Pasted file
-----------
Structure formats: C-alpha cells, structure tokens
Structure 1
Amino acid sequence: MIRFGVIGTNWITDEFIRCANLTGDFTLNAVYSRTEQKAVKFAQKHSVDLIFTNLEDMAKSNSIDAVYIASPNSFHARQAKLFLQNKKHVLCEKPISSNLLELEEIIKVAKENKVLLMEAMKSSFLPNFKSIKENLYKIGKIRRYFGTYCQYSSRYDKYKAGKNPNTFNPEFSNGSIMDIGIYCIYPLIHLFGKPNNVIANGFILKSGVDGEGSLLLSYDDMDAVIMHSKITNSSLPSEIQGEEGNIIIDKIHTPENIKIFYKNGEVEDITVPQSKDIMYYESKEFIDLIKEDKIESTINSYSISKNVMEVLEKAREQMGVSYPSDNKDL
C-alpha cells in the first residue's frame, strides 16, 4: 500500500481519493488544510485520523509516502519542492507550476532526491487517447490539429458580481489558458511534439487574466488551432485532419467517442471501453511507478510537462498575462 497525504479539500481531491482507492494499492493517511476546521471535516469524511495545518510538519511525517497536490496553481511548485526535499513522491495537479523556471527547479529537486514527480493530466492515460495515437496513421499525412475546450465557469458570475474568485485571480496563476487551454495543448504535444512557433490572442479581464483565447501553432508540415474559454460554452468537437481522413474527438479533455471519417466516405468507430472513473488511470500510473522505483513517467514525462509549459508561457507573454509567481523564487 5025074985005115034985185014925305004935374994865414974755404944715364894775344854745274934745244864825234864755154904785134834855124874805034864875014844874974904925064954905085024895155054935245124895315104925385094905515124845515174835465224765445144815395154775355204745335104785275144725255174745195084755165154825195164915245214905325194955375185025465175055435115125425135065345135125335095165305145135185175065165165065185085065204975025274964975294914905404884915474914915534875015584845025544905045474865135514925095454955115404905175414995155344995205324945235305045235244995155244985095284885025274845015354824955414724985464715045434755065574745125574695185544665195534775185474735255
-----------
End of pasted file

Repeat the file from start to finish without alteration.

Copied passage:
Structure formats: C-alpha cells, structure tokens
Structure 1
Amino acid sequence: MIRFGVIGTNWITDEFIRCANLTGDFTLNAVYSRTEQKAVKFAQKHSVDLIFTNLEDMAKSNSIDAVYIASPNSFHARQAKLFLQNKKHVLCEKPISSNLLELEEIIKVAKENKVLLMEAMKSSFLPNFKSIKENLYKIGKIRRYFGTYCQYSSRYDKYKAGKNPNTFNPEFSNGSIMDIGIYCIYPLIHLFGKPNNVIANGFILKSGVDGEGSLLLSYDDMDAVIMHSKITNSSLPSEIQGEEGNIIIDKIHTPENIKIFYKNGEVEDITVPQSKDIMYYESKEFIDLIKEDKIESTINSYSISKNVMEVLEKAREQMGVSYPSDNKDL
C-alpha cells in the first residue's frame, strides 16, 4: 500500500481519493488544510485520523509516502519542492507550476532526491487517447490539429458580481489558458511534439487574466488551432485532419467517442471501453511507478510537462498575462 497525504479539500481531491482507492494499492493517511476546521471535516469524511495545518510538519511525517497536490496553481511548485526535499513522491495537479523556471527547479529537486514527480493530466492515460495515437496513421499525412475546450465557469458570475474568485485571480496563476487551454495543448504535444512557433490572442479581464483565447501553432508540415474559454460554452468537437481522413474527438479533455471519417466516405468507430472513473488511470500510473522505483513517467514525462509549459508561457507573454509567481523564487 5025074985005115034985185014925305004935374994865414974755404944715364894775344854745274934745244864825234864755154904785134834855124874805034864875014844874974904925064954905085024895155054935245124895315104925385094905515124845515174835465224765445144815395154775355204745335104785275144725255174745195084755165154825195164915245214905325194955375185025465175055435115125425135065345135125335095165305145135185175065165165065185085065204975025274964975294914905404884915474914915534875015584845025544905045474865135514925095454955115404905175414995155344995205324945235305045235244995155244985095284885025274845015354824955414724985464715045434755065574745125574695185544665195534775185474735255